I wear zero-drop shoes exclusively and love them! I run in zero-drop shoes (vivobarefoot, vibram, water shoes–or barefoot) and wear zero-drop for casual wear (mostly chuck taylors) and have found that my posture is much better (not to mention my lack of knee and hip flexor pain when running!)

    Before I made the switch, I could barely wear my Converse…thought they hurt/were uncomfortable, but that is untrue. Now when I try to wear a raised heel shoe I feel like I am going to topple over and my lower back hurts.

    Also, my SO used to have back pain all the time, for days on end, now that she switched to minimalist shoes for running and casual wear, she is nearly pain free!

  2. Brian G
    December 20, 2011

    Wikipedia has a history on high heeled shoes at The basic idea is that they arose due to fashion and for use in stirrups.

    I know of no podiatrist that ever recommends high heels, either for standing or walking. (The advice always seems to be “minimize your time in them and go for lower heels if possible”.) There are just too many foot problems that arise from wearing high heels, with the higher the heel and the longer the time in them the worse the issues. So if the higher heels equals worse symptoms, conversely what heel height results in the least issues? No heel height, obviously, aka zero-drop. It doesn’t take a genius to figure that out.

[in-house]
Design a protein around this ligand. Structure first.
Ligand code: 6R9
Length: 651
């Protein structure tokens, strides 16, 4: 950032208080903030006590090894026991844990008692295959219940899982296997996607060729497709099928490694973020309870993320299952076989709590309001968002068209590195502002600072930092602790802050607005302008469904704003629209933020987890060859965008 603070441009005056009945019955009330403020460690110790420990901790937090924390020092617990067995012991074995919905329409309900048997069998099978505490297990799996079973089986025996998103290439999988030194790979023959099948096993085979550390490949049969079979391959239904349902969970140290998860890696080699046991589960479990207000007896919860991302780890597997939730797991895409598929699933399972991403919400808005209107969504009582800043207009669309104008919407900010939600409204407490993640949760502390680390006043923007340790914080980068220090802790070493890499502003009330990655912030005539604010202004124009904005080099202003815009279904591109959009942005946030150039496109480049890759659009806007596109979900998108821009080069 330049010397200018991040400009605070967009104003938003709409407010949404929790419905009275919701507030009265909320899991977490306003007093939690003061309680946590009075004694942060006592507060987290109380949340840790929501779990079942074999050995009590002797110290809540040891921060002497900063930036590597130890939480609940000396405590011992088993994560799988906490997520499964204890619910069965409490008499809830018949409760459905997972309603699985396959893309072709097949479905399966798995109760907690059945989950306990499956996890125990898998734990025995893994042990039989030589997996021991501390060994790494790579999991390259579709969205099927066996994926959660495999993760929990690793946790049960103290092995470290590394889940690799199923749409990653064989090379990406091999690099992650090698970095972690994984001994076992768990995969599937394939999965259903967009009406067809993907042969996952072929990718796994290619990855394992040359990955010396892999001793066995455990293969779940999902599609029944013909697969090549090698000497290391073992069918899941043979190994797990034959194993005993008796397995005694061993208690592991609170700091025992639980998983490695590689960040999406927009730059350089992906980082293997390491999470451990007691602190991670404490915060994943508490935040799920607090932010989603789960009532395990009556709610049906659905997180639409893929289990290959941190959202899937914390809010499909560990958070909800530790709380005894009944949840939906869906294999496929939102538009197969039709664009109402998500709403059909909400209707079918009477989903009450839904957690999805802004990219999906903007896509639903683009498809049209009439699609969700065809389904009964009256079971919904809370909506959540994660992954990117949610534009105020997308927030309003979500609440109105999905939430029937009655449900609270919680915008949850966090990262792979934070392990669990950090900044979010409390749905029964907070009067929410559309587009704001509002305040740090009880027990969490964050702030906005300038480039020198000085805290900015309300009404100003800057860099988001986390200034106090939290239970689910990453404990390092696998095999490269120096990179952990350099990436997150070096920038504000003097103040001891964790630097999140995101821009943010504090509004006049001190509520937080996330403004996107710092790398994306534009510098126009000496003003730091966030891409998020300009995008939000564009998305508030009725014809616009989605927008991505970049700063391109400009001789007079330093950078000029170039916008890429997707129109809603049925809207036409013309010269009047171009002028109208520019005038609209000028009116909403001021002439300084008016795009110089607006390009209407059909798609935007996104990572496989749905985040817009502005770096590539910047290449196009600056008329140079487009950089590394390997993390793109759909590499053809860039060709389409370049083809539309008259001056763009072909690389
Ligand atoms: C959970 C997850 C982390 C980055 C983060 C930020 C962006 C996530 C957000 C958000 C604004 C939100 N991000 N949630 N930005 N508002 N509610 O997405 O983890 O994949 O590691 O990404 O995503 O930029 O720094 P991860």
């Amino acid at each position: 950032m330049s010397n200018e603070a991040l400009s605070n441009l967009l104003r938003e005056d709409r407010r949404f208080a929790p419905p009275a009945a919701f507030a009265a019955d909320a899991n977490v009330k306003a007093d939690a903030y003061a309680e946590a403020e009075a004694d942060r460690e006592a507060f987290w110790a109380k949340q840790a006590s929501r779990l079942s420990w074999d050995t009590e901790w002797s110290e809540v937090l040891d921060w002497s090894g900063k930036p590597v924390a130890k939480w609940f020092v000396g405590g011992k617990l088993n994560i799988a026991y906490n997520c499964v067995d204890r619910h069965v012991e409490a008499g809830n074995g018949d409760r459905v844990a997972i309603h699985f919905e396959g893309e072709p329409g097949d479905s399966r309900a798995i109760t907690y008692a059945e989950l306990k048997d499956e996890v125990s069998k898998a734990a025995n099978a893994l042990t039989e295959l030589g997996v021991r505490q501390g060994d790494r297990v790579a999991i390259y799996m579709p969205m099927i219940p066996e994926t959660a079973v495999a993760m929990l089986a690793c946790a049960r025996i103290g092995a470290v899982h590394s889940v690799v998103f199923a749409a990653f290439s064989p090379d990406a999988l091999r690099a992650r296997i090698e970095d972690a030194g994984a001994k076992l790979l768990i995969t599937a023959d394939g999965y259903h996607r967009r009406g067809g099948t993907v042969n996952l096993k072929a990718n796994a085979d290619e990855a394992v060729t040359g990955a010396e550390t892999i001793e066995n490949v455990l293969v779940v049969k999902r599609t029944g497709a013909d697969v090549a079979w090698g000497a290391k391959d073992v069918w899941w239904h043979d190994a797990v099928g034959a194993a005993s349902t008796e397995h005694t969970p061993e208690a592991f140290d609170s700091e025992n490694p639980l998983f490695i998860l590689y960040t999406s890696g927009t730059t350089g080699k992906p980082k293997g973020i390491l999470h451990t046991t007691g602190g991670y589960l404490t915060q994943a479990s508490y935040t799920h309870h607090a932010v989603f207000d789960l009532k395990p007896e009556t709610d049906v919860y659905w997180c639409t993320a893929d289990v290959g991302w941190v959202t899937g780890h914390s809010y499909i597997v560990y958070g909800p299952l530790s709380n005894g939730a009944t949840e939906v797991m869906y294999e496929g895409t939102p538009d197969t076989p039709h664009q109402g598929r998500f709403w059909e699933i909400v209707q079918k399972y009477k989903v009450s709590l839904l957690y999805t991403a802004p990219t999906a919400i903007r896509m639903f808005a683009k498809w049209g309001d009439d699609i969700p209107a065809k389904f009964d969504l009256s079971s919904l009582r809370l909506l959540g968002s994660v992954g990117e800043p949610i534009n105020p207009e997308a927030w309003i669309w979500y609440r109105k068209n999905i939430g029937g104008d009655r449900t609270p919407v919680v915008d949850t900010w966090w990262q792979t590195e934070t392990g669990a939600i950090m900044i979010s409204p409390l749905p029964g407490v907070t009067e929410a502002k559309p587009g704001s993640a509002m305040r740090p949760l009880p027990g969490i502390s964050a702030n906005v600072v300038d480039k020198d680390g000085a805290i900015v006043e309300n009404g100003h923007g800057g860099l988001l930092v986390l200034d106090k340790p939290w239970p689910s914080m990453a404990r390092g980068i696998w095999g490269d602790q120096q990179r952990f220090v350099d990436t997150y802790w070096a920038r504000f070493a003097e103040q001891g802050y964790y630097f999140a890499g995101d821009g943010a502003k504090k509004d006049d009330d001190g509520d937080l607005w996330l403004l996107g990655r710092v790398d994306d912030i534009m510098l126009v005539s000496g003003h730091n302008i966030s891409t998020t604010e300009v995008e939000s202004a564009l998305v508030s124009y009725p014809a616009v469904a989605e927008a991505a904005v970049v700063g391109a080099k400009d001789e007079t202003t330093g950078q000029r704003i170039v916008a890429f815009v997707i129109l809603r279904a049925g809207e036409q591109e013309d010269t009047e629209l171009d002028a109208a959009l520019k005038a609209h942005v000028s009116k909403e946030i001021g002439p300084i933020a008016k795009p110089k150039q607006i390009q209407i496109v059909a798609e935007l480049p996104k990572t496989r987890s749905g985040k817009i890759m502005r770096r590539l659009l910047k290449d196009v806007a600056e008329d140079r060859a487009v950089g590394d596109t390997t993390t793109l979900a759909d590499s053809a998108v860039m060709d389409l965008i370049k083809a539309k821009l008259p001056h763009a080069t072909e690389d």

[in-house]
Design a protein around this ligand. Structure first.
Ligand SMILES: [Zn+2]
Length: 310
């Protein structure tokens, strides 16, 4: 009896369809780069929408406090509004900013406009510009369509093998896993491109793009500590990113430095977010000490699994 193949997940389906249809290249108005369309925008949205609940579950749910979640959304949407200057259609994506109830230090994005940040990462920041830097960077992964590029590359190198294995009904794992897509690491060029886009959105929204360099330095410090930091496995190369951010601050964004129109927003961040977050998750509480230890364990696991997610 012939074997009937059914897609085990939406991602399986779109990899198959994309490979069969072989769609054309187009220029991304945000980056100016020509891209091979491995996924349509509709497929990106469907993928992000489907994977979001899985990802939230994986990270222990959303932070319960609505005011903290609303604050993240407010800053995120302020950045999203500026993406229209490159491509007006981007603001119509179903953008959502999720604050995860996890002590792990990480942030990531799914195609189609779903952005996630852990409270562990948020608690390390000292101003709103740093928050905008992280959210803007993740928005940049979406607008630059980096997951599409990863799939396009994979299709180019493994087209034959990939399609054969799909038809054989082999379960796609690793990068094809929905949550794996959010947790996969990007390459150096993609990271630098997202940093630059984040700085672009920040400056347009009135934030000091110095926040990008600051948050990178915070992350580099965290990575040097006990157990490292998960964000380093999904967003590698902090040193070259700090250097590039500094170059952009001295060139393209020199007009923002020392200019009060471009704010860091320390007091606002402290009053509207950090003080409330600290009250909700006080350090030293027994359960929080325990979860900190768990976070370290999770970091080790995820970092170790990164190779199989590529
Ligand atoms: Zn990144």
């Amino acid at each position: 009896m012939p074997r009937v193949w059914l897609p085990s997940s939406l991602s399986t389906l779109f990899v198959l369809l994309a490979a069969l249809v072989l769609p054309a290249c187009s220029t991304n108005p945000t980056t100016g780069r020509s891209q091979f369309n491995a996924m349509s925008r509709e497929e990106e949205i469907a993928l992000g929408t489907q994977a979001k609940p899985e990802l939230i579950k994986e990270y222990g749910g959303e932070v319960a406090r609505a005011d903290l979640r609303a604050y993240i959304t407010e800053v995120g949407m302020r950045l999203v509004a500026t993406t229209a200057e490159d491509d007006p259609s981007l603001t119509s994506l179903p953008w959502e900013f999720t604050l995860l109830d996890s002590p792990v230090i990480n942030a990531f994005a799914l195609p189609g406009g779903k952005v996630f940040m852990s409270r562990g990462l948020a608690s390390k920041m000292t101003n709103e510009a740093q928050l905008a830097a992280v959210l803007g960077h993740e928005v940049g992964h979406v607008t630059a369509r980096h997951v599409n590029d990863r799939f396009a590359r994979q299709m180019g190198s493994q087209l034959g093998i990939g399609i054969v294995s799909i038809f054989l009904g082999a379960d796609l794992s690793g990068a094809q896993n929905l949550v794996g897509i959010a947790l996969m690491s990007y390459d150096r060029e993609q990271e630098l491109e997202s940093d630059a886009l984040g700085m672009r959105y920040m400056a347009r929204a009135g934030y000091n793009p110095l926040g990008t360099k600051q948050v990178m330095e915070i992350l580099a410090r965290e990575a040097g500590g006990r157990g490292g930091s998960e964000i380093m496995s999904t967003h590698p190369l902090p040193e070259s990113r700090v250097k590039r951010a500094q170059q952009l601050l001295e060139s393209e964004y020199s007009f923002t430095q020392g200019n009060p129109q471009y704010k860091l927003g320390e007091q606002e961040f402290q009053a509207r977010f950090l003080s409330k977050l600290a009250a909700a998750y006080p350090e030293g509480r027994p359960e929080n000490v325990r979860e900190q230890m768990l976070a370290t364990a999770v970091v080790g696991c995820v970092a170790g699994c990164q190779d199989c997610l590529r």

But then cut a “traditional” running shoe in half and what do you see? A high heel (on a spongy substance, no less). So podiatrists recommend reduced heel height as often as possible but then say you should *run* in them? I just can’t follow that logic.

    • Erik
      December 21, 2011

      Yah, that’s what really amazes me. We’ve known for a long time that high heels are bad for you, but it wasn’t until just a few years ago that we (the majority of people) realized this must apply to running shoes too. I myself was duped. I’ve always been a barefooter by preference, but I used to buy Nike-type running shoes unthinkingly when it came time to run.

    • jeff
      December 21, 2011

      “So if the higher heels equals worse symptoms, conversely what heel height results in the least issues? No heel height, obviously, aka zero-drop. It doesn’t take a genius to figure that out.”

      Ah, but were I to think like a shoe company, I’d say that “no heel height” isn’t going nearly far enough. What we need is to have anti-high heels. The ball of the foot obviously needs to be raised, such that it is significantly higher than the heel!

      • Erik
        December 22, 2011

        That reminds me of the ‘earth shoes’ of the 1970s.

  3. Juan
    December 20, 2011


    I’m 29 now and since I was 18 I’ve been with all kind of knee injuries, in those years I never could run more than 20 minutes always having pain in my legs. I visited many doctors and specialist around my area and all of them agreed that running is too hard for the human body.
    7 month ago I read the book BornToRun which made my think about my running form, which was completely wrong since I was landing on my heels. Then I started to run barefoot and I bought some zero drop shoes, since then I’m able to run more than 1 hour with no pain.
    Completely agree to this post!